My teaching approach
Compare and contrast several different teaching methods and approaches by considering their effectiveness in creating a communicative lesson.
In order to create a teaching, and subsequently a learning style, that facilitates language acquisition in the most efficient and beneficial way, there have been various researches and adaptations of methodologies in search of the production of a perfect, conducive, language lesson. These include studies on the ways in which the human brain acquires knowledge, the anthropology of language learning, and scientific studies of techniques to train language knowledge. The results of these can be seen the plethora of approaches to language teaching but as in many theoretical arenas, the question of their success is available for dispute. Despite this, in general what is known as a communicative lesson has been widely agreed as the superior method for language learning. For the purposes of this essay is such; it is seen as the method which provides the greatest access to the practise of the second language and therefore closer the desired ability to use it in real life. Therefore in this essay I will be assessing three teaching methodologies, The Silent Way, The Total Physical Response and The Berlitz in terms of their ability to create a communicative lesson. Their ability to create a communicative lesson will award my comparison a point upon which to be judged by, as each method carries it’s own merits for different reasons.
Primarily, a communicative lesson is one in which the goal is considered to be the learner achieving the ability to communicate in a target language. It is assumed that the content of a language course will include linguistic structures, semantic notions, and social functions. A communicative lesson uses the teacher as a facilitator rather than the superior presence in the classroom and most significantly regards the functions of language as more important than form, and the appropriateness of language as more important than pronunciation and grammar. In questioning where the The Silent Way, The Total Physical Response and the Berlitz method are contrastable I will therefore question if each appears to give students skills to do something successful with the language they have acquired and whether the accumulation of language is creating the ability for coherent discourse, a la the ultimate aim of a communicative lesson.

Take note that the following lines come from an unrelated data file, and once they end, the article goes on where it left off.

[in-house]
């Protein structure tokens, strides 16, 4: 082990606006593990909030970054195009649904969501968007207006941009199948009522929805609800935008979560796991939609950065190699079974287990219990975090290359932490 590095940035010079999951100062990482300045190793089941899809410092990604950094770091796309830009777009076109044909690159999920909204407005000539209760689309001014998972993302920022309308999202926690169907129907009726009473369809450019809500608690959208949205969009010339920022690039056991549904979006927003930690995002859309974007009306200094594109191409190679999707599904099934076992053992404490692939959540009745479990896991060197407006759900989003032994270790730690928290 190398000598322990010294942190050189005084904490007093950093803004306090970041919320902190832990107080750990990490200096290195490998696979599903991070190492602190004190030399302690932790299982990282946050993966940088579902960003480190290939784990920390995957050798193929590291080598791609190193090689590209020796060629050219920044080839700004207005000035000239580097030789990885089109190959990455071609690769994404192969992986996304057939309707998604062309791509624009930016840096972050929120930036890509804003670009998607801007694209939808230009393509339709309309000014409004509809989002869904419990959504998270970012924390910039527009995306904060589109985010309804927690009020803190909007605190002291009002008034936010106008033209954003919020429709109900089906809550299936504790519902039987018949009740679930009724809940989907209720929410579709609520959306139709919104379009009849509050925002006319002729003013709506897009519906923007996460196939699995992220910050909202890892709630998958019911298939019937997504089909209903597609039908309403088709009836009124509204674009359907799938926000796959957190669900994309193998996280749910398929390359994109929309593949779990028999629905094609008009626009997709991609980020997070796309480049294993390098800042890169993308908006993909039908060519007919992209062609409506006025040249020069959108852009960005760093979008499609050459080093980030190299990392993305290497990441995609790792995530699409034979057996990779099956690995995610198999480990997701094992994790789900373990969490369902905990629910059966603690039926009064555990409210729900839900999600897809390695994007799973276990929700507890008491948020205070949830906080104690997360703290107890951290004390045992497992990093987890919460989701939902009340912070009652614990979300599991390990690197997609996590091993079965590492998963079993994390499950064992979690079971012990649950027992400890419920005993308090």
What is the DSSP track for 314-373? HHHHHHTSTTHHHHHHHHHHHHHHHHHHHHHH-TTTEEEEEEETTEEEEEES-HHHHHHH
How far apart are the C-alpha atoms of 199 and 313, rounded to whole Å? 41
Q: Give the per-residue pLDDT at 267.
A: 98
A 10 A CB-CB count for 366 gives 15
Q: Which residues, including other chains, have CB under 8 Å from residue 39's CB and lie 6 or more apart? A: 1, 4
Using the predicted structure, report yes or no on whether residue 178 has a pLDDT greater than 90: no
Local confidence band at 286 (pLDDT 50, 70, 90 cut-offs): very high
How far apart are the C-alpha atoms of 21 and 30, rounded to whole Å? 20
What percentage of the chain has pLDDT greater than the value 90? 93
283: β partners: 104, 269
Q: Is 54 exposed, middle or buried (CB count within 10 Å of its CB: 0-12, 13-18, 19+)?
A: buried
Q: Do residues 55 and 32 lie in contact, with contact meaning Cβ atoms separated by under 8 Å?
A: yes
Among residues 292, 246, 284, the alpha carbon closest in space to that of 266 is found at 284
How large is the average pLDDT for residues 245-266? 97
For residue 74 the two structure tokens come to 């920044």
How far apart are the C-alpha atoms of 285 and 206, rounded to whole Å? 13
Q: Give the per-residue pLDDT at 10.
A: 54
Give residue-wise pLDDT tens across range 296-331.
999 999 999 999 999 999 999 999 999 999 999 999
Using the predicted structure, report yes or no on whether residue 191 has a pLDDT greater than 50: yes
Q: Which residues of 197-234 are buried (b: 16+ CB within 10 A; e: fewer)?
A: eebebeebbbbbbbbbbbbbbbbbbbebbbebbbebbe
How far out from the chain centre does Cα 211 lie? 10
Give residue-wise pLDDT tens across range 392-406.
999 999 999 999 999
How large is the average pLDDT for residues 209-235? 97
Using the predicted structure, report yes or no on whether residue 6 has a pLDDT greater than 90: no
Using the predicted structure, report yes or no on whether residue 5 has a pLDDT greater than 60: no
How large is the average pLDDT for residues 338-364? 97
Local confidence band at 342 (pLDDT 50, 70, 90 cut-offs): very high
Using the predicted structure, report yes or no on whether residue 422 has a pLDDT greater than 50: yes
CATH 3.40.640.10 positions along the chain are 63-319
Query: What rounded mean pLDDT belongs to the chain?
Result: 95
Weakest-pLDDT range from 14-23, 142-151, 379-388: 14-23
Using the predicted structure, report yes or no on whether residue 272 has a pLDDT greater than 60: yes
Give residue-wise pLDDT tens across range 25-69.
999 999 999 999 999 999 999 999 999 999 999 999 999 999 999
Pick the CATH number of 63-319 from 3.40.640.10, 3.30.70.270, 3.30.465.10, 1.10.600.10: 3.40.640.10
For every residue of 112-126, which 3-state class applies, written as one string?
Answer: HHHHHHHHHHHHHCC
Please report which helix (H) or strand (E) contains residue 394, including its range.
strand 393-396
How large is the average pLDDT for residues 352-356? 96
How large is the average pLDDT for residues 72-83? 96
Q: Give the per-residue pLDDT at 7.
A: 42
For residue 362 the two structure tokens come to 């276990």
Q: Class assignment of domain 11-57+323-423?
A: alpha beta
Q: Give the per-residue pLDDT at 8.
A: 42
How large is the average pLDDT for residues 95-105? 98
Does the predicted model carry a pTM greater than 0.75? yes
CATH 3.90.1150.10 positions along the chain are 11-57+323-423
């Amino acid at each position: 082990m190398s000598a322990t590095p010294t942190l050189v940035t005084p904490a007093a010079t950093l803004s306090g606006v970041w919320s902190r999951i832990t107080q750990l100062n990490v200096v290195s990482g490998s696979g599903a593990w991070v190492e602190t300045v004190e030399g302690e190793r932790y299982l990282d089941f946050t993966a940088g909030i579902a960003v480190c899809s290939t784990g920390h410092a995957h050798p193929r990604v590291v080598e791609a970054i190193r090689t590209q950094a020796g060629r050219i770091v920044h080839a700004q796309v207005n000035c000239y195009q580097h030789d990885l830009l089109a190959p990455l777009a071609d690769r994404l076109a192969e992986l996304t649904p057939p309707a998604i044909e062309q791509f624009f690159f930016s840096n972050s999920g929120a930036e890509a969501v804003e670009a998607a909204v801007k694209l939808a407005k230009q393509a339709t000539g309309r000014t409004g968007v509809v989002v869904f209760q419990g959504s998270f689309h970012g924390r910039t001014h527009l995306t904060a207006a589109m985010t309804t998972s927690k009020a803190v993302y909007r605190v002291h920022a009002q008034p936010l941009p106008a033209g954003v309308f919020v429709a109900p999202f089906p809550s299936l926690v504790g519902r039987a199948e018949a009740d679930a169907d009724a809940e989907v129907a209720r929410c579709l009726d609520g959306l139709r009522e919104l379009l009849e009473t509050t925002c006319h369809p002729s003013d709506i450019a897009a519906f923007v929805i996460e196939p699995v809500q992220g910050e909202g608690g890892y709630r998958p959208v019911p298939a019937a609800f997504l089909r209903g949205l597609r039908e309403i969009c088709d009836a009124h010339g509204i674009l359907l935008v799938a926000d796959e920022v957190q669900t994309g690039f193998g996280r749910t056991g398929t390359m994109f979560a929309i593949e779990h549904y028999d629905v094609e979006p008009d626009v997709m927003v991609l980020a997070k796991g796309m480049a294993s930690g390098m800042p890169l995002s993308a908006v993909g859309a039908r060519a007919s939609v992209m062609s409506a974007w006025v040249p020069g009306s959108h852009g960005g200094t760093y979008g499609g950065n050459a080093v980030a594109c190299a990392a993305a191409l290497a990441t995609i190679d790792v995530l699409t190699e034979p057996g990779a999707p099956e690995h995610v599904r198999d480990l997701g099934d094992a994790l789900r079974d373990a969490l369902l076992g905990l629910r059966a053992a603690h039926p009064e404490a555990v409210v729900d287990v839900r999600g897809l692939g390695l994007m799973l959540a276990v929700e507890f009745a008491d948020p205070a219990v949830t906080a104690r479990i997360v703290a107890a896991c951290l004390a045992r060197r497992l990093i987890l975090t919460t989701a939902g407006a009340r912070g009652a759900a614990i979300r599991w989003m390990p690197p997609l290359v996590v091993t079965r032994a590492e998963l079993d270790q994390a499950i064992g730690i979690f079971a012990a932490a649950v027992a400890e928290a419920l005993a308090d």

The Total Physical Response (TPR) method was created upon the same notion that forms the basis for number of methodologies; that learning a second language could hold the most success if it follows the same pattern that the first language is learned by. It is also based upon the idea children have a sharper ability for picking up language than adults. The physical response that is key to the method, draws on the use of movement, drama and gesture for the input of second language. TPR suggests that as use of internalisation and code breaking are used in first language acquisition they can be applied to learning a second. The approach is a physical, largely teacher-led dynamic wherein students pick up a language by copying movements or gestures before speaking, on the premise that understanding of the words is paramount. It is only later in the syllabus when language is used by the students themselves. An example of an exercise may be that a teacher will say ‘sit down’ and sit down themselves to show what this phrase means and ask students to copy. The goal of the students is to form an association between the words and real-life movements. Although this approach is successful with children it is also considered as applicable to adult learning, on the theory that connecting words to a physical response could side-track many of the adult difficulties found when attempting to accept a second language, and allow a faster pace of learning. The organisation of the syllabus is largely dependent on the speed upon which learners pick up the language and is very open in terms of what needs to be learned first. The idea is that vocabulary and grammar will both be picked up when the codes are ingrained and therefore the teacher has a lot of choice of what to include in a lesson.